Komm, Herr Jesu; sei du unser Gast;
Und segne, was du uns bescheret hast.

Whiteness is the bargain that all white people’s ancestors accepted. It was simple: in exchange for being accepted into whiteness – a fellowship of basic social status and economic reward – they agreed to give up their ancestral cultures. My ancestors came to the United States in the 19th century from Germany and Ireland. And they were known by those labels, seen as different – somehow other. But like other people now known as white, they eventually gave up their German and Irish cultures in exchange for the benefits they obtained. 

In their homelands and when they first arrived here, my ancestors had cultural practices that connected them to one another, to their lands of origin, and to their contemporary communities. These practices were passed from generation to generation, evolving over time, but always growing organically from what came before. These cultural practices held my ancestors in relationship with one another, gave their lives a sense of meaning, and provided them with deep, cultural joy. They knew who they were and where they came from. My German forebears settled in Lebanon, Wisconsin whose rolling hills reminded them of the region of Pomerania from which they came. They built homes and farms as they had in Germany, founded Lutheran churches, and spoke German to one another. 

Over time, though, they accepted the bargain. They learned English and spoke it more and more frequently. They gave up their customs, foods, and habits. What made this bargain so attractive? There were incentives and disincentives built into the system. People who accepted the bargain found it easier to join the larger white economy and society, to engage in business, for their children to be accepted in school. Those who did not accept the bargain were not punished, but they found everything a little harder. They continued to be regarded as different. If they did not use English as easily, they were regarded as lesser people. In this way, acceptance into whiteness was a necessary precondition for full acceptance into American capitalism and American democracy. Without that transition, my ancestors and I would have remained on the outside of both.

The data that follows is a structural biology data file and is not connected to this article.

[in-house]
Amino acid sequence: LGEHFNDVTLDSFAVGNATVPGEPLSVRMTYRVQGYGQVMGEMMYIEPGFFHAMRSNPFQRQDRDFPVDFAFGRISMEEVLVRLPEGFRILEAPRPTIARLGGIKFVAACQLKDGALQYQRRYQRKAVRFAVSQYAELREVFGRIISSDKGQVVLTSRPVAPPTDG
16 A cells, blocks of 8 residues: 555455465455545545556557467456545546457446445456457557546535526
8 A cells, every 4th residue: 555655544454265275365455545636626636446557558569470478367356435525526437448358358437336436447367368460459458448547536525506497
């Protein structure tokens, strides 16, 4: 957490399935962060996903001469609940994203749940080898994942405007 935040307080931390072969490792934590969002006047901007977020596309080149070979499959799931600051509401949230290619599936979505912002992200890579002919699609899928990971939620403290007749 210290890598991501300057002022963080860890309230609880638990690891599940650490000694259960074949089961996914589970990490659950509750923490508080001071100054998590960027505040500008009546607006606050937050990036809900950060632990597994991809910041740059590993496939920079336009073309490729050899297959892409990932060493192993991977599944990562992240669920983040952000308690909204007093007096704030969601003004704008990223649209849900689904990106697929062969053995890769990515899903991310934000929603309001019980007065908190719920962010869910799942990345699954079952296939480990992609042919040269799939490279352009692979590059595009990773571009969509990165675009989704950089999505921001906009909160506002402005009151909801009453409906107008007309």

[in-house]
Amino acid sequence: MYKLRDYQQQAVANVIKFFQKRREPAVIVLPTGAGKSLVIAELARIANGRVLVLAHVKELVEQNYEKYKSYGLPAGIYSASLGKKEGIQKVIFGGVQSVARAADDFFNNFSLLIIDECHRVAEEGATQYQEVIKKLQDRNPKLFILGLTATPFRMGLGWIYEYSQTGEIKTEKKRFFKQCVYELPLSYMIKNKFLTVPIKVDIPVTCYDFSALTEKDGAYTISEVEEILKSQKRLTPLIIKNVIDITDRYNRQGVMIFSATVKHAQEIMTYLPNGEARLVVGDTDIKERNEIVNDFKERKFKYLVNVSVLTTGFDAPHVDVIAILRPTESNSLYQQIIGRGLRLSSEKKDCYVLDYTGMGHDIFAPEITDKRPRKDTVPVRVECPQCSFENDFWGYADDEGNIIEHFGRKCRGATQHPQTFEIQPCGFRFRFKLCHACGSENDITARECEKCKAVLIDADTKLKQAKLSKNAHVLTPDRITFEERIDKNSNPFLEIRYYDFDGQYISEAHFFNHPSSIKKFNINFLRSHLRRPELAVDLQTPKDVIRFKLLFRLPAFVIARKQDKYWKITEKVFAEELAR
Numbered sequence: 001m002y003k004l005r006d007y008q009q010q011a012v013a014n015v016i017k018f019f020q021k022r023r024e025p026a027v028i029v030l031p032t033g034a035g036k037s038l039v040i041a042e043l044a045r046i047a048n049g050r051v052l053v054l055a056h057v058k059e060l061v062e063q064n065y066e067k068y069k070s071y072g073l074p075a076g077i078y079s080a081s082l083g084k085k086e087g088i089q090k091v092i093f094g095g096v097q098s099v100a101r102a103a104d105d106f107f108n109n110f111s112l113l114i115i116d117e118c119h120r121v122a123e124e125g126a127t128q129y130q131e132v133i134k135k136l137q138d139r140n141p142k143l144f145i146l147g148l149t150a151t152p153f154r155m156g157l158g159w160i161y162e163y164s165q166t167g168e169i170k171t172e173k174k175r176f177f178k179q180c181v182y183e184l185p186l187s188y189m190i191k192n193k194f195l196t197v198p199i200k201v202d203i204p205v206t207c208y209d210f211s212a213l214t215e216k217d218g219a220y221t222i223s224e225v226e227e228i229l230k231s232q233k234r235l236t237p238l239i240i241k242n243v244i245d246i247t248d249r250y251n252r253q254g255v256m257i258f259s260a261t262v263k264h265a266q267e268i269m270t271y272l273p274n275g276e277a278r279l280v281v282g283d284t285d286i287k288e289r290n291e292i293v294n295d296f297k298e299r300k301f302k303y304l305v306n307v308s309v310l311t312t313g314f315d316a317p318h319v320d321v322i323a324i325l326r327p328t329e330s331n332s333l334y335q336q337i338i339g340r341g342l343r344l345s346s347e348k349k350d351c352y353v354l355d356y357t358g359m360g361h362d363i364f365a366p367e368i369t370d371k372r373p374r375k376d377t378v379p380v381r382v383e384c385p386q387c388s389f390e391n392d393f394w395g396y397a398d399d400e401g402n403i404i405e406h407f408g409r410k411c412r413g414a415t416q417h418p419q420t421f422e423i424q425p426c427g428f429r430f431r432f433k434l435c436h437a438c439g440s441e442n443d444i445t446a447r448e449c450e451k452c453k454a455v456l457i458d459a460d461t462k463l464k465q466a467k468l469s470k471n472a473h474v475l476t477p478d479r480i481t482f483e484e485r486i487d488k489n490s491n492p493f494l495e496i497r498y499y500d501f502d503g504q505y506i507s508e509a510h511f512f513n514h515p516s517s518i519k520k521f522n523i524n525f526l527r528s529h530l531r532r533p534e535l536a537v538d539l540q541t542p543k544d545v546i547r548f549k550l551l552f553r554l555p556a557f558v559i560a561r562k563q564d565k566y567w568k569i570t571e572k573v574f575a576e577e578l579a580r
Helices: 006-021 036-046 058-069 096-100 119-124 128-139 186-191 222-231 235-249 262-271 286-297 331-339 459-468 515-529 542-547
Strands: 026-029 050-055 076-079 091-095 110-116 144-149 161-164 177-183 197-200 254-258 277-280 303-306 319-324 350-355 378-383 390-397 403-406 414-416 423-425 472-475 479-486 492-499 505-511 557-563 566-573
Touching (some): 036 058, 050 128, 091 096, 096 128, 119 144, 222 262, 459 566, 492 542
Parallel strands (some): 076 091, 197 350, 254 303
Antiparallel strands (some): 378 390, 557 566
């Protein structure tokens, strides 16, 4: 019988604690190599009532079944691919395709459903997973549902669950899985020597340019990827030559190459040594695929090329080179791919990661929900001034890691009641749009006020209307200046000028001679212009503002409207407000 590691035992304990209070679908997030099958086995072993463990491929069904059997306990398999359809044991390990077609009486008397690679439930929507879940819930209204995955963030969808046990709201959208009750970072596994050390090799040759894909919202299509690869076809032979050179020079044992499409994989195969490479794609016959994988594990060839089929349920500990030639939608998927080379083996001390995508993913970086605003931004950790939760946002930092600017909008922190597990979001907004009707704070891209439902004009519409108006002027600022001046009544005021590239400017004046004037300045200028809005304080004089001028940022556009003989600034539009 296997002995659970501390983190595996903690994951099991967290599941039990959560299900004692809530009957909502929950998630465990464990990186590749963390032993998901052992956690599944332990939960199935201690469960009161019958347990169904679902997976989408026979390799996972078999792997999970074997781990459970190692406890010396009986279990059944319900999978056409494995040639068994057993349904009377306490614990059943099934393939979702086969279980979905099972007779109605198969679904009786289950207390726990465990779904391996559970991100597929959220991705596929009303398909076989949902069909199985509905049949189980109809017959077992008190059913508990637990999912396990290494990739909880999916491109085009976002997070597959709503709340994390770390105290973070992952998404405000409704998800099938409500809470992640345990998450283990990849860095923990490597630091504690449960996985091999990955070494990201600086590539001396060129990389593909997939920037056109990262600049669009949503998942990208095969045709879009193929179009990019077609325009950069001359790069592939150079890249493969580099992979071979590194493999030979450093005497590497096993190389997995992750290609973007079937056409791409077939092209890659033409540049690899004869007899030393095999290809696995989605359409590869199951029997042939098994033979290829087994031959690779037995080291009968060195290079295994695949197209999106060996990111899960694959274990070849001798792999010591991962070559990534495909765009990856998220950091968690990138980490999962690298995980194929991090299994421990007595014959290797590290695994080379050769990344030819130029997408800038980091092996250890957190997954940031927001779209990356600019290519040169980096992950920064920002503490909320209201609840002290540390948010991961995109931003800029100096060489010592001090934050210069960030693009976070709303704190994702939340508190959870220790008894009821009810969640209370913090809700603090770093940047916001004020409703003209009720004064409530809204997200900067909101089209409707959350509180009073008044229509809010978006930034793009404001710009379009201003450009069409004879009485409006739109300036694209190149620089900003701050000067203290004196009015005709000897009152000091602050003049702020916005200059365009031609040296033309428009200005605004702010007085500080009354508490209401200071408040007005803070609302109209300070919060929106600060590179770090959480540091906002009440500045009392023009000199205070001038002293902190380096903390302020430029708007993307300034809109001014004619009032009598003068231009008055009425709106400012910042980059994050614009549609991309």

All of these pressures meant that European immigrants, or their children, eventually succumbed, giving up language, traditions, and cultural joy. Not all at once, but step by step, it happened. My paternal grandparents were born in 1913 – my grandfather – and 1919 – my grandmother. They both spoke German in their homes and at school. When they married in 1937, they spoke German in their own home and taught it to their children. My oldest uncle was born in 1940 and spoke German when he was very young. After my father was born in 1946, he was never taught German, and the other children’s German faded away. My grandparents still maintained some cultural and food traditions. They served stollen – German bread – at Christmas and ate spaetzle – German noodles. They spoke German to one another occasionally. On rare occasions, I heard them recite the German version of the Lutheran table prayer:

Komm, Herr Jesu; sei du unser Gast;
Und segne, was du uns bescheret hast.

Or in English:

Come, Lord Jesus, be our Guest;
And let Your gifts to us be blessed.

But it was less and less frequent as time went on. 

By giving up their ancestral culture, my ancestors gave up their cultural joy. In exchange for sacrificing this joy, my family gained some measure of social and economic safety in the community of whiteness. We found it easier to attend school, to get jobs, to engage in business. Was this bargain worthwhile? It certainly seemed so to them, and I cannot blame them for it. But I also recognize what they gave up when I hear Latinx colleagues talking about the literature passed down to them, when Asian family members talk about their heritage foods, when Black neighbors talk about the legacy of resistance that their forebears have given them. I realize that my deficit of cultural joy doesn’t somehow equal the struggles that people of color have had to undergo in this country. But the fact that these problems are far from equal does not mean that we white people haven’t lost something.